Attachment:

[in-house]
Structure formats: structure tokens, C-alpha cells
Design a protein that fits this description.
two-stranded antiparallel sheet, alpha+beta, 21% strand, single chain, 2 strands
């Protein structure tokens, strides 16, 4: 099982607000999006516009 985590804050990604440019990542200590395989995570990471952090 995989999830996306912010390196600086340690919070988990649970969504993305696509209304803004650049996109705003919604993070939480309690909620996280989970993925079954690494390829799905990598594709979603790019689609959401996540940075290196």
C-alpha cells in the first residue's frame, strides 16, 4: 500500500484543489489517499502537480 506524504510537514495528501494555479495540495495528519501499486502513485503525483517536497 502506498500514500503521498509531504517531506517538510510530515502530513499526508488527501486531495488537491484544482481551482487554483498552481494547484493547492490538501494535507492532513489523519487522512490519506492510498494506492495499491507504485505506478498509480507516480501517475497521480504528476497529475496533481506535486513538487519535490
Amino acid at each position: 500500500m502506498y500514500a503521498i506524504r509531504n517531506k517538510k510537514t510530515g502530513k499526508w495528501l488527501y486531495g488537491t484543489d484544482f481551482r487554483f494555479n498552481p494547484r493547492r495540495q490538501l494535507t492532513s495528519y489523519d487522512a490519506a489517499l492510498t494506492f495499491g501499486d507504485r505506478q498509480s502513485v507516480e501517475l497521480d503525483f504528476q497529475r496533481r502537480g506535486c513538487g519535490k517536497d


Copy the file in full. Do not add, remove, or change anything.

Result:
[in-house]
Structure formats: structure tokens, C-alpha cells
Design a protein that fits this description.
two-stranded antiparallel sheet, alpha+beta, 21% strand, single chain, 2 strands
């Protein structure tokens, strides 16, 4: 099982607000999006516009 985590804050990604440019990542200590395989995570990471952090 995989999830996306912010390196600086340690919070988990649970969504993305696509209304803004650049996109705003919604993070939480309690909620996280989970993925079954690494390829799905990598594709979603790019689609959401996540940075290196």
C-alpha cells in the first residue's frame, strides 16, 4: 500500500484543489489517499502537480 506524504510537514495528501494555479495540495495528519501499486502513485503525483517536497 502506498500514500503521498509531504517531506517538510510530515502530513499526508488527501486531495488537491484544482481551482487554483498552481494547484493547492490538501494535507492532513489523519487522512490519506492510498494506492495499491507504485505506478498509480507516480501517475497521480504528476497529475496533481506535486513538487519535490
Amino acid at each position: 500500500m502506498y500514500a503521498i506524504r509531504n517531506k517538510k510537514t510530515g502530513k499526508w495528501l488527501y486531495g488537491t484543489d484544482f481551482r487554483f494555479n498552481p494547484r493547492r495540495q490538501l494535507t492532513s495528519y489523519d487522512a490519506a489517499l492510498t494506492f495499491g501499486d507504485r505506478q498509480s502513485v507516480e501517475l497521480d503525483f504528476q497529475r496533481r502537480g506535486c513538487g519535490k517536497d